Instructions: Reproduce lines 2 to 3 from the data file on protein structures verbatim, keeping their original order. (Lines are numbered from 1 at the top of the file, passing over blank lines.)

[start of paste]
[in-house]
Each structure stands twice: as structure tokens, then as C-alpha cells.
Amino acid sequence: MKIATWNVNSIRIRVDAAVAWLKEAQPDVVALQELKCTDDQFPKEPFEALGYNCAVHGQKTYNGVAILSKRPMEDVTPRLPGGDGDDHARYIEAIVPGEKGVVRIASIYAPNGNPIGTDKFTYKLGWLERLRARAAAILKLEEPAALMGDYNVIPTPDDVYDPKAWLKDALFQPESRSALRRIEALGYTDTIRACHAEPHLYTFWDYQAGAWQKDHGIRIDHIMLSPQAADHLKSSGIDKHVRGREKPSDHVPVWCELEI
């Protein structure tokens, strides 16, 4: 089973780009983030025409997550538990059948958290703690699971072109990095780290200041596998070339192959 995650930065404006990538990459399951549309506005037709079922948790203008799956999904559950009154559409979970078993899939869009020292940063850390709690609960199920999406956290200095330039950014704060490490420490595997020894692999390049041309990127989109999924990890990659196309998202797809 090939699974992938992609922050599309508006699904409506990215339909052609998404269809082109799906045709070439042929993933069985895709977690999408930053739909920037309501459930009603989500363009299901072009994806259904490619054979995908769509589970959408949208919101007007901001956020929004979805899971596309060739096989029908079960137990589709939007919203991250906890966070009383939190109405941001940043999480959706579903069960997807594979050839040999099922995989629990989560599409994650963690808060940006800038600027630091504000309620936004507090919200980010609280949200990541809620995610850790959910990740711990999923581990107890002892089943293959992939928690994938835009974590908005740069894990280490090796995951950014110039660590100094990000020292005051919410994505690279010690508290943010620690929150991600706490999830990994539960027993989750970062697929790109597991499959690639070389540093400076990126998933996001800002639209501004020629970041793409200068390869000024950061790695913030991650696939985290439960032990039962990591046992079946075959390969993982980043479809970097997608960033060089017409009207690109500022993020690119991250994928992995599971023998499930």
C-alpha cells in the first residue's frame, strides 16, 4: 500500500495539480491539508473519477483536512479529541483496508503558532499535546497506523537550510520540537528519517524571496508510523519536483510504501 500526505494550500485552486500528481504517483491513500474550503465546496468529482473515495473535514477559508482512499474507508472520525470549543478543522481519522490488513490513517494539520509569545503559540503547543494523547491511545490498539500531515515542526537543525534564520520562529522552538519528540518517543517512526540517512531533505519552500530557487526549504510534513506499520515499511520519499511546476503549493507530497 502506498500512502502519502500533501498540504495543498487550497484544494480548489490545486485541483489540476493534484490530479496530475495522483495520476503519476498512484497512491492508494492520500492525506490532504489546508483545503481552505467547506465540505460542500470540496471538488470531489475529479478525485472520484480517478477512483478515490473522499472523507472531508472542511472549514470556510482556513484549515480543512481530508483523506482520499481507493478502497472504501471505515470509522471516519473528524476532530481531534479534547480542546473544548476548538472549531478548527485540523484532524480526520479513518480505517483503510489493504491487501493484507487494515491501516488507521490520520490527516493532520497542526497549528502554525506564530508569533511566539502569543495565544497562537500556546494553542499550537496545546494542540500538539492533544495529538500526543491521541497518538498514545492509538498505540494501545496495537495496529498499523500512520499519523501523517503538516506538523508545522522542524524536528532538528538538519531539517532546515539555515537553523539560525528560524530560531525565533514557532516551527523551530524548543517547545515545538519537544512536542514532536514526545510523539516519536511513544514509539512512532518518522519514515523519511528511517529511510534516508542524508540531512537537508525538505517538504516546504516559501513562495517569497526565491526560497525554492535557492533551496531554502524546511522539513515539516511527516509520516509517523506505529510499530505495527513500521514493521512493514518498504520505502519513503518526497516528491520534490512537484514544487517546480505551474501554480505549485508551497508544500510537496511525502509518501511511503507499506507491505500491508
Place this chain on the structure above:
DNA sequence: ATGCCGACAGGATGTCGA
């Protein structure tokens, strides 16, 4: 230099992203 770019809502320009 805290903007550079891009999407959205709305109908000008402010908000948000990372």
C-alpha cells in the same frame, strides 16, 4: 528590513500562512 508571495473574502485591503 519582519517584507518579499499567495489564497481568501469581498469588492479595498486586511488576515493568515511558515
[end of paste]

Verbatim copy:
Each structure stands twice: as structure tokens, then as C-alpha cells.
Amino acid sequence: MKIATWNVNSIRIRVDAAVAWLKEAQPDVVALQELKCTDDQFPKEPFEALGYNCAVHGQKTYNGVAILSKRPMEDVTPRLPGGDGDDHARYIEAIVPGEKGVVRIASIYAPNGNPIGTDKFTYKLGWLERLRARAAAILKLEEPAALMGDYNVIPTPDDVYDPKAWLKDALFQPESRSALRRIEALGYTDTIRACHAEPHLYTFWDYQAGAWQKDHGIRIDHIMLSPQAADHLKSSGIDKHVRGREKPSDHVPVWCELEI